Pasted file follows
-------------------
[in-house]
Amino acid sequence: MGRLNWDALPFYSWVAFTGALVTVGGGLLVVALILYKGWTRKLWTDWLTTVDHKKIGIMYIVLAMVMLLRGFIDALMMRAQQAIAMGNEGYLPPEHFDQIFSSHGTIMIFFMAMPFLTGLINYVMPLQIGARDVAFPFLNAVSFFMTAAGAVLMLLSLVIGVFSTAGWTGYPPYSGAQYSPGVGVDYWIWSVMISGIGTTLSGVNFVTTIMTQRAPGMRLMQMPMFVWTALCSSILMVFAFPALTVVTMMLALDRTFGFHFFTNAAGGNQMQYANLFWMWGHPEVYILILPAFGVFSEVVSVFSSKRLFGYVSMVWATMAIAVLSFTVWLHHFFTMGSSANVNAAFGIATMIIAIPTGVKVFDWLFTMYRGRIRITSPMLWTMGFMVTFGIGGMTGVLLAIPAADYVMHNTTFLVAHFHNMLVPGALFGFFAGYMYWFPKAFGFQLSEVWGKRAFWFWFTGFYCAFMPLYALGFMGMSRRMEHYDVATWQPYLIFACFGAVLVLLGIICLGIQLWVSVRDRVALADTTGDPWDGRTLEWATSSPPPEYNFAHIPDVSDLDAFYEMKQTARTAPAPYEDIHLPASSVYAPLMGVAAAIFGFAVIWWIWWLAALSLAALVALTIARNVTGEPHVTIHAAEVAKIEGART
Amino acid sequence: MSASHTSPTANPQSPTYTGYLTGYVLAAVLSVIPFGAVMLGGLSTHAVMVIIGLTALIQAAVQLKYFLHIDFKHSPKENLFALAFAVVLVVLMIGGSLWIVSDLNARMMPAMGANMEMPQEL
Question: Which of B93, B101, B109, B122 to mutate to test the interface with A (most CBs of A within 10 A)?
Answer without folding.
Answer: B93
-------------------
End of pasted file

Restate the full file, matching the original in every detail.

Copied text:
[in-house]
Amino acid sequence: MGRLNWDALPFYSWVAFTGALVTVGGGLLVVALILYKGWTRKLWTDWLTTVDHKKIGIMYIVLAMVMLLRGFIDALMMRAQQAIAMGNEGYLPPEHFDQIFSSHGTIMIFFMAMPFLTGLINYVMPLQIGARDVAFPFLNAVSFFMTAAGAVLMLLSLVIGVFSTAGWTGYPPYSGAQYSPGVGVDYWIWSVMISGIGTTLSGVNFVTTIMTQRAPGMRLMQMPMFVWTALCSSILMVFAFPALTVVTMMLALDRTFGFHFFTNAAGGNQMQYANLFWMWGHPEVYILILPAFGVFSEVVSVFSSKRLFGYVSMVWATMAIAVLSFTVWLHHFFTMGSSANVNAAFGIATMIIAIPTGVKVFDWLFTMYRGRIRITSPMLWTMGFMVTFGIGGMTGVLLAIPAADYVMHNTTFLVAHFHNMLVPGALFGFFAGYMYWFPKAFGFQLSEVWGKRAFWFWFTGFYCAFMPLYALGFMGMSRRMEHYDVATWQPYLIFACFGAVLVLLGIICLGIQLWVSVRDRVALADTTGDPWDGRTLEWATSSPPPEYNFAHIPDVSDLDAFYEMKQTARTAPAPYEDIHLPASSVYAPLMGVAAAIFGFAVIWWIWWLAALSLAALVALTIARNVTGEPHVTIHAAEVAKIEGART
Amino acid sequence: MSASHTSPTANPQSPTYTGYLTGYVLAAVLSVIPFGAVMLGGLSTHAVMVIIGLTALIQAAVQLKYFLHIDFKHSPKENLFALAFAVVLVVLMIGGSLWIVSDLNARMMPAMGANMEMPQEL
Question: Which of B93, B101, B109, B122 to mutate to test the interface with A (most CBs of A within 10 A)?
Answer without folding.
Answer: B93